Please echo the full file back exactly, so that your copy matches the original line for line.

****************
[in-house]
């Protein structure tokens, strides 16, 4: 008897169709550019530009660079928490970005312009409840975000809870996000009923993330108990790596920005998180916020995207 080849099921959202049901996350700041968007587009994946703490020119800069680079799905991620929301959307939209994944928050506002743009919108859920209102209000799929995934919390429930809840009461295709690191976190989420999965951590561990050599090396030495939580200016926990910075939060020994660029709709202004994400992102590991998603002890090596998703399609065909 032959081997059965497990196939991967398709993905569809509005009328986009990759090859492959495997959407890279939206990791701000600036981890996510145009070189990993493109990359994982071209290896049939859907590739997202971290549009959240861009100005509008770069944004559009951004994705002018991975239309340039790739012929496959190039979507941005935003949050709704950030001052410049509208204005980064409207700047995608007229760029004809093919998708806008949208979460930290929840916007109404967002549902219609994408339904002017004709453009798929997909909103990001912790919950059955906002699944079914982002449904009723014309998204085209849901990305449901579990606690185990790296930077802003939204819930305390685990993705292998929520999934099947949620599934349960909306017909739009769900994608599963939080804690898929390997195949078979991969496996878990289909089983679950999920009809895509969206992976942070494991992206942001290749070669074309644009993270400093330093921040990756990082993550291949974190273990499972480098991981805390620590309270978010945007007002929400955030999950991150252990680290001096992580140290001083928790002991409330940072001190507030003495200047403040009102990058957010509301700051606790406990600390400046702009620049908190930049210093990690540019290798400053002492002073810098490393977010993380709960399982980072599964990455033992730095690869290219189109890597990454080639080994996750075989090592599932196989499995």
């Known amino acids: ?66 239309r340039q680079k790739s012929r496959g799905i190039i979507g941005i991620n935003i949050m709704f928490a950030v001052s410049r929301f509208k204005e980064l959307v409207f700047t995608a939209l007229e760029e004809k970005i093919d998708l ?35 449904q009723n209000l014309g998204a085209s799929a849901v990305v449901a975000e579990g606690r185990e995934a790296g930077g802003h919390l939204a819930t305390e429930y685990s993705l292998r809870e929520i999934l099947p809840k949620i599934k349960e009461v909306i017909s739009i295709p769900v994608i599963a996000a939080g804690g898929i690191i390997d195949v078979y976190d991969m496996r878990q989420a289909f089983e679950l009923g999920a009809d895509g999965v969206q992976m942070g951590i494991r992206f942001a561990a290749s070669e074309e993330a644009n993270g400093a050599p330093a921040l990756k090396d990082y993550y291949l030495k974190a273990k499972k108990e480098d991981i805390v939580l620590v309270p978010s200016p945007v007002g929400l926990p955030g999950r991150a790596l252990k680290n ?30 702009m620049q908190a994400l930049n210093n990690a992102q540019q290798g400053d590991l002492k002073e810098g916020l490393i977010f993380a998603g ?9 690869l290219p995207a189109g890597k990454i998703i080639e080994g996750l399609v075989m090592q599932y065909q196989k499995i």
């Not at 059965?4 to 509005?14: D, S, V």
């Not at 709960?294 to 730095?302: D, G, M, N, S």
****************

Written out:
[in-house]
């Protein structure tokens, strides 16, 4: 008897169709550019530009660079928490970005312009409840975000809870996000009923993330108990790596920005998180916020995207 080849099921959202049901996350700041968007587009994946703490020119800069680079799905991620929301959307939209994944928050506002743009919108859920209102209000799929995934919390429930809840009461295709690191976190989420999965951590561990050599090396030495939580200016926990910075939060020994660029709709202004994400992102590991998603002890090596998703399609065909 032959081997059965497990196939991967398709993905569809509005009328986009990759090859492959495997959407890279939206990791701000600036981890996510145009070189990993493109990359994982071209290896049939859907590739997202971290549009959240861009100005509008770069944004559009951004994705002018991975239309340039790739012929496959190039979507941005935003949050709704950030001052410049509208204005980064409207700047995608007229760029004809093919998708806008949208979460930290929840916007109404967002549902219609994408339904002017004709453009798929997909909103990001912790919950059955906002699944079914982002449904009723014309998204085209849901990305449901579990606690185990790296930077802003939204819930305390685990993705292998929520999934099947949620599934349960909306017909739009769900994608599963939080804690898929390997195949078979991969496996878990289909089983679950999920009809895509969206992976942070494991992206942001290749070669074309644009993270400093330093921040990756990082993550291949974190273990499972480098991981805390620590309270978010945007007002929400955030999950991150252990680290001096992580140290001083928790002991409330940072001190507030003495200047403040009102990058957010509301700051606790406990600390400046702009620049908190930049210093990690540019290798400053002492002073810098490393977010993380709960399982980072599964990455033992730095690869290219189109890597990454080639080994996750075989090592599932196989499995």
């Known amino acids: ?66 239309r340039q680079k790739s012929r496959g799905i190039i979507g941005i991620n935003i949050m709704f928490a950030v001052s410049r929301f509208k204005e980064l959307v409207f700047t995608a939209l007229e760029e004809k970005i093919d998708l ?35 449904q009723n209000l014309g998204a085209s799929a849901v990305v449901a975000e579990g606690r185990e995934a790296g930077g802003h919390l939204a819930t305390e429930y685990s993705l292998r809870e929520i999934l099947p809840k949620i599934k349960e009461v909306i017909s739009i295709p769900v994608i599963a996000a939080g804690g898929i690191i390997d195949v078979y976190d991969m496996r878990q989420a289909f089983e679950l009923g999920a009809d895509g999965v969206q992976m942070g951590i494991r992206f942001a561990a290749s070669e074309e993330a644009n993270g400093a050599p330093a921040l990756k090396d990082y993550y291949l030495k974190a273990k499972k108990e480098d991981i805390v939580l620590v309270p978010s200016p945007v007002g929400l926990p955030g999950r991150a790596l252990k680290n ?30 702009m620049q908190a994400l930049n210093n990690a992102q540019q290798g400053d590991l002492k002073e810098g916020l490393i977010f993380a998603g ?9 690869l290219p995207a189109g890597k990454i998703i080639e080994g996750l399609v075989m090592q599932y065909q196989k499995i």
């Not at 059965?4 to 509005?14: D, S, V």
């Not at 709960?294 to 730095?302: D, G, M, N, S």